Pole framing or post-frame construction (pole building framing, pole building, pole barn) is a simplified building technique adapted from the labor-intensive traditional timber framing technique. It uses large poles or posts buried in the ground or on a foundation to provide the vertical structural support, along with girts to provide horizontal support. The method was developed and matured during the 1930s as agricultural practices changed, including the shift toward engine-powered farm equipment and the demand for cheaper, larger barns and storage areas. (from Wikipedia)
If you like the shape of a traditional barn, than you like a "gambrel" roof, or what used to be called 100 years ago, a "Dutch Roof". You can still build a barn with that shape and get a lot more head room for a loft or a finished upstairs.
We assume people want a Pole Barn with a 4/12 pitch roof. This is more of a flat roof and is the most common way Pole Buildings are built. "4/12" just means that for every 12 inches you move from the center to the edge, the roof will go down 4 inches.
There are many variations in roof lines and you can always request something different like a 6/12 pitch, or a gambrel roof. Those modification will impact the cost, but if this building is more than a place to store your old tractor, don't be afraid to make it look how you want. We want you to enjoy the form, and function of your new building.
Pole Buildings typically have only three options for getting inside.
1. The standard walk through door. People call them "man doors" (but we suppose ladies can use them too) If you want an entry door, or two or three, we quote with a non-window or window option made by Plyco. The 99E model is industrial, insulated, and good quality.
2. Overhead Doors. Overhead doors are "garage doors" to the common person, and you can get these in all shapes and sizes. If you have a big barn, you can get that 16 foot wide by 16 foot tall door. If you're just building a shop for the car, we can install the standard 9' x 7'. A standard quote for any and all overhead doors is for an insulated industrial door made by Wayne Dalton called the Thermospan 150.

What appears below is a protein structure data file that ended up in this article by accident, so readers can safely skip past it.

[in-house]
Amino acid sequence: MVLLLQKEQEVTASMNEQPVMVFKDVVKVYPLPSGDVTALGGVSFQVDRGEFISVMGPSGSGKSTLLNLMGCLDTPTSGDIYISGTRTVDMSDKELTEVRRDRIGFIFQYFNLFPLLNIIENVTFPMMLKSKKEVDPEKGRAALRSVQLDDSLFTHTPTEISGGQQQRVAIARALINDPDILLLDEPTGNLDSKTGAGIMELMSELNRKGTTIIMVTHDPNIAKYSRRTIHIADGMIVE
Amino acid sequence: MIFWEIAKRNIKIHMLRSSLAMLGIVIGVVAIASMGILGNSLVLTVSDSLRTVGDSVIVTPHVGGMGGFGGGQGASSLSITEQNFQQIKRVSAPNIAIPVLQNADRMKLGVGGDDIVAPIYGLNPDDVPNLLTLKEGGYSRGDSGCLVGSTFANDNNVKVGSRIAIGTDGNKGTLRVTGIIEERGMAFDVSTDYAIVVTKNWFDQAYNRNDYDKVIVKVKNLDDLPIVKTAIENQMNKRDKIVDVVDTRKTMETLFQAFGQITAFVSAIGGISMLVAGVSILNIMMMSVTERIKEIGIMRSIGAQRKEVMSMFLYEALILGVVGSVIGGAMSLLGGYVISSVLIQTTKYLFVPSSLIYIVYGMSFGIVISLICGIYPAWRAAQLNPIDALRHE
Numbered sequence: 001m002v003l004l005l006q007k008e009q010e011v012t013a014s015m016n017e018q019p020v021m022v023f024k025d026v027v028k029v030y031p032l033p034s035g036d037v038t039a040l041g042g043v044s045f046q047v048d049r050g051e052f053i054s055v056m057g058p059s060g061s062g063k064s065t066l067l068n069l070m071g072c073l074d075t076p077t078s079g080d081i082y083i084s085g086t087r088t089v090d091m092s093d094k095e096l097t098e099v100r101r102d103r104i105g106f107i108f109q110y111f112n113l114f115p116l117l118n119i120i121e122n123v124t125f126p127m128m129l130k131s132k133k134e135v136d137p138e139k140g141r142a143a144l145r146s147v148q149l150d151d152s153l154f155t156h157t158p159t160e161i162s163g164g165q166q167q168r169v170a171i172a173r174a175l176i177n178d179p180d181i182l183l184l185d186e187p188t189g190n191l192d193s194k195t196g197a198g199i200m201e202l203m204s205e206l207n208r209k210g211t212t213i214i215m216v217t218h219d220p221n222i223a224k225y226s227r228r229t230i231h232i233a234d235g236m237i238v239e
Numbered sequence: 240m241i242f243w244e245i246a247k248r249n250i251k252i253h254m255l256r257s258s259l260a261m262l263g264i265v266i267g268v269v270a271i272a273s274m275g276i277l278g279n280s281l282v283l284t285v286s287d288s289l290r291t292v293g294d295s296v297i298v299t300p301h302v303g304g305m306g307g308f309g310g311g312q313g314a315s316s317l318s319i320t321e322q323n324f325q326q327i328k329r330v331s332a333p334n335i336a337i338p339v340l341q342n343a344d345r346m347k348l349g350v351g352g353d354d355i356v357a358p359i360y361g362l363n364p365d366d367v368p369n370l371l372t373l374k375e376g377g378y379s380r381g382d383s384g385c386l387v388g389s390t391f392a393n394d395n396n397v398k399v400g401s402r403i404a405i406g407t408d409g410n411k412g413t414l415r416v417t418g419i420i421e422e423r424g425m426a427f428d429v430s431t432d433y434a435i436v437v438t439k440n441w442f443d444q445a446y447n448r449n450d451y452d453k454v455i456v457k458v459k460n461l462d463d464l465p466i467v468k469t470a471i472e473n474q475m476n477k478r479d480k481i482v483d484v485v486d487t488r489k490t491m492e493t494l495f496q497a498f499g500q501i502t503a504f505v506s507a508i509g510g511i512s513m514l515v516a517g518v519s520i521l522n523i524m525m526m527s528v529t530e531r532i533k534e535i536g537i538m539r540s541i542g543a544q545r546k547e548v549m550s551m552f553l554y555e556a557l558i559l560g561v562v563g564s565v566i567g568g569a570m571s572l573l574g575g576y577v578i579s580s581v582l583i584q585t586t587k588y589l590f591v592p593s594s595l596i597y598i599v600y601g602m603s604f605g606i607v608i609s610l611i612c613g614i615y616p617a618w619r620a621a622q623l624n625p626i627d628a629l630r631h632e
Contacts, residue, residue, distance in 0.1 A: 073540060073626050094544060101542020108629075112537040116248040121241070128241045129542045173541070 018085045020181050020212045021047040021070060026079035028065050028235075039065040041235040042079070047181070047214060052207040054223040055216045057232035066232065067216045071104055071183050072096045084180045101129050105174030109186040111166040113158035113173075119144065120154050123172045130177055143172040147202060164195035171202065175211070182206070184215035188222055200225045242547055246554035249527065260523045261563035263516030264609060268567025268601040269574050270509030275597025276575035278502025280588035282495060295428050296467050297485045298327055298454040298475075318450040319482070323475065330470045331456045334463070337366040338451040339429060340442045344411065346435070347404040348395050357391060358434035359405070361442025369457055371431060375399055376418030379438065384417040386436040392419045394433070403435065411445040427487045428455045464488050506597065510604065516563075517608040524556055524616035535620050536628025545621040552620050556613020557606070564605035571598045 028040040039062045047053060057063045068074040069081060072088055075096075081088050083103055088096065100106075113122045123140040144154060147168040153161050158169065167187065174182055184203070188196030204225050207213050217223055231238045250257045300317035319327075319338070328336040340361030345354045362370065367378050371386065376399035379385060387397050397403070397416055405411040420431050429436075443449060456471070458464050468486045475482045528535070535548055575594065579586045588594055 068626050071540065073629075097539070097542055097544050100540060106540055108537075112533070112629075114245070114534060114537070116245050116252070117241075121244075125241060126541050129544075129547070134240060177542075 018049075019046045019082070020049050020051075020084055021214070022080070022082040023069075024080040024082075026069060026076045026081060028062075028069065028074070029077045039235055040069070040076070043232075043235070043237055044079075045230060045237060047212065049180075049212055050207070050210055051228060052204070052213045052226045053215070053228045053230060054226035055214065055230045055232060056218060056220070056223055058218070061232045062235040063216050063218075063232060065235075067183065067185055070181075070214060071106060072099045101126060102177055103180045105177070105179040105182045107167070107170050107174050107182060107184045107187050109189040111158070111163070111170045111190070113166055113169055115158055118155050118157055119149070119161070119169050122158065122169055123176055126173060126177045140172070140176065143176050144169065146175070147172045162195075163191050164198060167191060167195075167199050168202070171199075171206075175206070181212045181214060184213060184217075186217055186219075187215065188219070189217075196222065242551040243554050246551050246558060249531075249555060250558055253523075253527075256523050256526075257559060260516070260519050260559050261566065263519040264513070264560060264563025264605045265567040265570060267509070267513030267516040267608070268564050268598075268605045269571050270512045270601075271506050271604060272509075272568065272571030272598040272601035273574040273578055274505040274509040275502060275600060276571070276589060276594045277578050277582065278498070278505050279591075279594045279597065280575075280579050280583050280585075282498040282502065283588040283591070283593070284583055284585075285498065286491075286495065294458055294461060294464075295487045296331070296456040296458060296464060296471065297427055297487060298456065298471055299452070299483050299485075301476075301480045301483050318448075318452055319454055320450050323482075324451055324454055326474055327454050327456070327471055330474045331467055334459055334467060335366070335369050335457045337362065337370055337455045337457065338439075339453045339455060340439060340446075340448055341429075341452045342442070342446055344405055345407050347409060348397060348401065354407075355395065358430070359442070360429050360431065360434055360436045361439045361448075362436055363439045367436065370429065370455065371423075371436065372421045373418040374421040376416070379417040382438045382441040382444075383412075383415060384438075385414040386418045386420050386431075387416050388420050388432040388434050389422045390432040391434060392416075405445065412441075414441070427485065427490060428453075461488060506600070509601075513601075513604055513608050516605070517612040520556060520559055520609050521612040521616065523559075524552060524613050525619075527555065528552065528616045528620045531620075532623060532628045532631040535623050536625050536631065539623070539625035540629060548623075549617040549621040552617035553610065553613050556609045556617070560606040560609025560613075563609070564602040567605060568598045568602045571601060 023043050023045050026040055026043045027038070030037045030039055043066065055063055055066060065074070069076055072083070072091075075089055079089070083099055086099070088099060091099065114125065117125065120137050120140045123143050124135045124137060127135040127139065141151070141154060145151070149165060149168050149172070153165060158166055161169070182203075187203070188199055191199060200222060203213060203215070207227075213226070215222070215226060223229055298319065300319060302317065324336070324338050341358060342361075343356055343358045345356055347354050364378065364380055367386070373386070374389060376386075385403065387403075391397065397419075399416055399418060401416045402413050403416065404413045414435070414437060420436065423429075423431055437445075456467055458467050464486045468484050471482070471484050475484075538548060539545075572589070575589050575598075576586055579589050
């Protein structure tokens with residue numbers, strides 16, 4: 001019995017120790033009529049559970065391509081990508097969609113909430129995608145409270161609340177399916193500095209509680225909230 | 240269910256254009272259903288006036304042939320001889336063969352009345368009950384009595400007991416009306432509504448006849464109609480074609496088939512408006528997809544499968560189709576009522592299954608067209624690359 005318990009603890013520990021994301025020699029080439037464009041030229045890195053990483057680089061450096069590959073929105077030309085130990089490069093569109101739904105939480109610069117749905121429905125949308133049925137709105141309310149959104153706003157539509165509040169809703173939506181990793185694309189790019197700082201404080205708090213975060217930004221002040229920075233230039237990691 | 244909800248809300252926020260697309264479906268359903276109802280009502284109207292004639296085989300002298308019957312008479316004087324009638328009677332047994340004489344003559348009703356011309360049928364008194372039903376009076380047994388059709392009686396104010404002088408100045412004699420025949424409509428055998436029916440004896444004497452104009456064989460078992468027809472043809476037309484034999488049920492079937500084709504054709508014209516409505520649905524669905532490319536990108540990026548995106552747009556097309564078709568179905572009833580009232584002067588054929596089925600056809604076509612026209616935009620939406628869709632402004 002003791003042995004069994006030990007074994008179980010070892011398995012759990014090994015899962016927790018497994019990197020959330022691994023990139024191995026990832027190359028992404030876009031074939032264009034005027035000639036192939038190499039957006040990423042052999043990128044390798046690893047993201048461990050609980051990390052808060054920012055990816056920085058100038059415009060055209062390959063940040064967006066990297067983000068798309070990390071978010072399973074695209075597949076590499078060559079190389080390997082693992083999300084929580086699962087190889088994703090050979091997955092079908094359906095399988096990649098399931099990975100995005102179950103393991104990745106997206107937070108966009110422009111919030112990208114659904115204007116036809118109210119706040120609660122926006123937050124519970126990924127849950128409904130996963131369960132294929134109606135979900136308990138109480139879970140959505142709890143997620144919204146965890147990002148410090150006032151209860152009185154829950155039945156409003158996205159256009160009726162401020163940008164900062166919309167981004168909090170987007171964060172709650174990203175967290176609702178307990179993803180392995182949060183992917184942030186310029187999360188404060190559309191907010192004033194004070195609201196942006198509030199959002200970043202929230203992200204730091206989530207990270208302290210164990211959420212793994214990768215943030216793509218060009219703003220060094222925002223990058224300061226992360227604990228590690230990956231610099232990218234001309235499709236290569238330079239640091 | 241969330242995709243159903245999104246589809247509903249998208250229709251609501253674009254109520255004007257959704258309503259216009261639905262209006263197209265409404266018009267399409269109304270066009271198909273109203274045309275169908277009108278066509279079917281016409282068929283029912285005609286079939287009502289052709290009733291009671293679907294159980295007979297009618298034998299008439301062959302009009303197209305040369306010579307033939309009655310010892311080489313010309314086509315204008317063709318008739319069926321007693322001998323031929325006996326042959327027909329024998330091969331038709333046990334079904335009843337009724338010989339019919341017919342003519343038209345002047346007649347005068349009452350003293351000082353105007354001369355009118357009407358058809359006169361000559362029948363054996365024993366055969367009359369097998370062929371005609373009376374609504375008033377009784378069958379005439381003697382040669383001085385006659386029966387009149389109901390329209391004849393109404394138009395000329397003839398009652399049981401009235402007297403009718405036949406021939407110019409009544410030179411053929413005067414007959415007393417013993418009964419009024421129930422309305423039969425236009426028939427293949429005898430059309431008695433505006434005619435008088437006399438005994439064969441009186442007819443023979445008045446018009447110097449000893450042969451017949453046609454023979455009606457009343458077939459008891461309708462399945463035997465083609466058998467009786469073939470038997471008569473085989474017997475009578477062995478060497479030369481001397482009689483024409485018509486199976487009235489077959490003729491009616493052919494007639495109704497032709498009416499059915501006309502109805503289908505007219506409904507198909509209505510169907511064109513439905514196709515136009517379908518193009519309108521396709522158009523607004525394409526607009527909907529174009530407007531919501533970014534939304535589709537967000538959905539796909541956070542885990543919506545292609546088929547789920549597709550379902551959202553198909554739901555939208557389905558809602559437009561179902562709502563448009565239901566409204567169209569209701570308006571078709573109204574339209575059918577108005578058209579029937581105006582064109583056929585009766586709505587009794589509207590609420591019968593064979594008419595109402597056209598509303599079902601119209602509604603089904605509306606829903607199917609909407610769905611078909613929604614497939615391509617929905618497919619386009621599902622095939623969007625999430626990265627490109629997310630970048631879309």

3. Sliding Doors are a cost effective way to build a door that matches the color of your barn. Split Sliders make a big opening smaller by building the door in two pieces. A standard Sliding Door can be made in almost any size. All Sliding Doors are custom made at the job site and can be built on either the gable or eave sides.
The sky is the limit really. Why are you building this barn and how much time to you plan to spend there and what will you do? A work shop? Auto shop? Storage facility? Animals and livestock? Building it into a home eventually?
For the average Pole Barn, the questions we walk you through will answer all of that if you have not thought of everything yet. If you don't understand what we're asking, don't be intimidated, we can explain things, or we can help you get the answers.
Since you're already building the barn, adding some extra roof overhang during the process may be something to consider. It will be far cheaper to do it during the build with the crew there, than to change your mind in two years.
Porches add great shade and typically run at least 10 feet off the building. As a cost example in the "ball-park" range, two barns we built that were 32 feet long each had a full porch running down the whole side and cost around $5000. One thing to think about however is the cost of concrete. Most people will want to pour a concrete pad under the porch and that will definitely add up.
If you just want extra storage room to keep the lawn mower or fire wood out of the rain, consider putting a lean-to off the side. It is basically like a porch but less expensive because lean-to's are not finished underneath, it's just plain roof.